The truly sustainable community development should mean transforming the lives of the whole community members both men and women. In the realization of the fact, the Tanzania government has recently embarked massively on reforms of laws, guidelines, and regulations governing the mining, oil and gas sector to ensure that the natural resources ultimately benefits the Tanzania citizens. The unfruitful efforts to develop a local content policy for oil and gas sector was the most remarkable and the most promising step towards resource nationalism though it ended up producing a draft version of the local content policy for oil and gas in April 2014. On the other hand, the struggles for development of the local content policy for the mining sector have been an eye-opener to government officials and stakeholders, of which every process for laws, guidelines and regulations formulations/amendments should take into consideration the international local content policy requirements.

According to the oil and gas local content policy, Local content policy is defined as the added value brought to a host nation (and regional and local areas in that country) through the activities of the oil and gas industry. This may be measured (by project, affiliate, and/or country aggregate) and undertaken through two main attributes: (i) Workforce development, through employment and training of local workforce; and (ii) Investments in supplier development through developing and procuring supplies and services locally.

The first attribute for undertaking the local content policy stands for addressing the inclusion concept of all groups in the mining sector including men and women workforce in the mining sector. But, since start of exploration and extraction of mining in African continent documentation for workforce working in the mining sector for addressing inequality has been lacking for so long. Even the available body of research shows clearly the under-reported trends of women workforce in the mining sector in African continent. The report by the World Bank (2015) and ILO (1999) reported there are 20 to 30 million people, globally who are engaged in ASM, and between 10 and 50 percent are women. In Asia, less than 10 percent of miners are women, whereas in Latin America the proportion tends to be higher, approximately 10– 20 percent. The percentage of female ASM operators is highest in Africa, averaging between 40 and 50 percent. In some regions, the ASM workforce is comprised of more than 60 percent of women respectively. Women are more involved in ASM than in the large-scale mining sector and are mostly participating in informal operations.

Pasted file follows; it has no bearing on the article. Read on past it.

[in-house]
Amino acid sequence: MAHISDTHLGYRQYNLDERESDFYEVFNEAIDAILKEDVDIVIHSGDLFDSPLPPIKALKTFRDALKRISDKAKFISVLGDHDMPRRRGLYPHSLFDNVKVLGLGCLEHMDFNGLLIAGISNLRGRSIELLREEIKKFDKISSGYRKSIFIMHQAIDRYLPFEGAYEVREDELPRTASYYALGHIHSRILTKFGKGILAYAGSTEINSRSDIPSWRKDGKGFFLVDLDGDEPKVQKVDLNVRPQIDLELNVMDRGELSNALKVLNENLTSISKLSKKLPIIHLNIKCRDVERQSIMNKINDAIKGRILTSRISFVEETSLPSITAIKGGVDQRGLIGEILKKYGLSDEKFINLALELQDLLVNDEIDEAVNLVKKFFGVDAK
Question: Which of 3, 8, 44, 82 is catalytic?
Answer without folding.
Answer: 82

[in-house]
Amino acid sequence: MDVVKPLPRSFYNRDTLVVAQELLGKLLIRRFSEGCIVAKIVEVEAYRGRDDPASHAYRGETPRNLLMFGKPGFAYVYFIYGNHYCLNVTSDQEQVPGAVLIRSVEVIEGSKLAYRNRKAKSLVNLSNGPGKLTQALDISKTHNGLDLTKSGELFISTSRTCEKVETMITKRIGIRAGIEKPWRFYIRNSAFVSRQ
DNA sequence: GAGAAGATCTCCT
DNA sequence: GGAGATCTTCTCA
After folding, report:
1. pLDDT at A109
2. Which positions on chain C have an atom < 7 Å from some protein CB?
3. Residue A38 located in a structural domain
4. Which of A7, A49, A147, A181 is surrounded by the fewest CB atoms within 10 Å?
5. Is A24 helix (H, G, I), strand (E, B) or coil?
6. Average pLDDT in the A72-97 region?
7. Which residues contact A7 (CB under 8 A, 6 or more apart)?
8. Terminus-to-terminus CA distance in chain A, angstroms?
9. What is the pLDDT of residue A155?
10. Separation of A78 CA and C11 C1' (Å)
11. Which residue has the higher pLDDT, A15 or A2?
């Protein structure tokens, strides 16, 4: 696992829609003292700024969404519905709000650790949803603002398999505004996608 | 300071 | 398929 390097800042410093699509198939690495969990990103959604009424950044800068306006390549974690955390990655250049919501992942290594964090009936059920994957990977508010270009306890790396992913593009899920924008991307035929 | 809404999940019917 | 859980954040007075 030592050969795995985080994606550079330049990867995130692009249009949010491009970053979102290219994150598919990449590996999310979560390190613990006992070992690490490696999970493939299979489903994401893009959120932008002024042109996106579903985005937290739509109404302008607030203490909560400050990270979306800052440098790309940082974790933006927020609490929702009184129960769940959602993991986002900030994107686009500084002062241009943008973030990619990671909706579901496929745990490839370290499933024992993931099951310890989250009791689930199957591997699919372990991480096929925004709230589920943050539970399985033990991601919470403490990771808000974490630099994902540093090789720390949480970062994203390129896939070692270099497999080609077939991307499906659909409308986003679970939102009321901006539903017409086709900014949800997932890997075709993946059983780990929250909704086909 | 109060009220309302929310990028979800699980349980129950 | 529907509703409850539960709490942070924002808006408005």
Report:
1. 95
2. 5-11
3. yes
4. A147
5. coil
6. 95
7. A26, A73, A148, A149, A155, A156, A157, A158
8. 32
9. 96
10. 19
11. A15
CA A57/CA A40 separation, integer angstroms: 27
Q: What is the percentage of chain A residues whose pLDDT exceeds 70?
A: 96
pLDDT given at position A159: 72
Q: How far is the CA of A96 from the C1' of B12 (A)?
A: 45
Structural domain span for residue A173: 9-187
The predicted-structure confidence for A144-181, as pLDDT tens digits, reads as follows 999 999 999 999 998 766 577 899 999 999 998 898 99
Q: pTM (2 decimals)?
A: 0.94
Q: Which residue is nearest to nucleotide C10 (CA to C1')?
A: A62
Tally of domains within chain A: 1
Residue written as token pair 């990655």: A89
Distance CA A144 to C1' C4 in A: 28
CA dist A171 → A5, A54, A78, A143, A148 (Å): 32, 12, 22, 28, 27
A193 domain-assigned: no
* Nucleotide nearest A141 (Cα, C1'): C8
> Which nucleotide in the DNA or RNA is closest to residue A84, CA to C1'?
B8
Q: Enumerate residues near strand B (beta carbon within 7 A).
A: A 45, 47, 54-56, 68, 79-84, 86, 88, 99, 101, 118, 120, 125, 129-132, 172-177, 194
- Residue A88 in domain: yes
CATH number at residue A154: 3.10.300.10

As many African countries as Tanzania for many years of extractions in the extractive industries, the sector has been dominated by men labor force and living out women labor force involved in the key activities of the mining sector like owning pits and fair market is practically non-existence due to the so-called cultural and historical aspects. Despite their central role in socio-economic contributions in society as they normally tend to spend their proceeds from mining on their families and pass down their expertise to younger generations. Most of women in the mining sector in Tanzania are reported to be engaging in part-time informal mining operations and auxiliary roles such as cooking and service provision representing 30 to 50 percent of the mining workforce in some regions. The tendency is immensely continuing creating social and economic inequality between men and women in the Tanzanian mining sector and limiting them benefiting optimally from the mining sector value chain.

​The circumstance if remains unchecked by all stakeholders will continue excluding women from benefiting the mining sector. This calls for participatory action research to expose empirical evidence on women workforce participation in the mining sector which in future will be used by practitioners, stakeholders, and policymakers to address the inequality challenge in sector and making targeted and mainstreamed decisions for inclusive growth.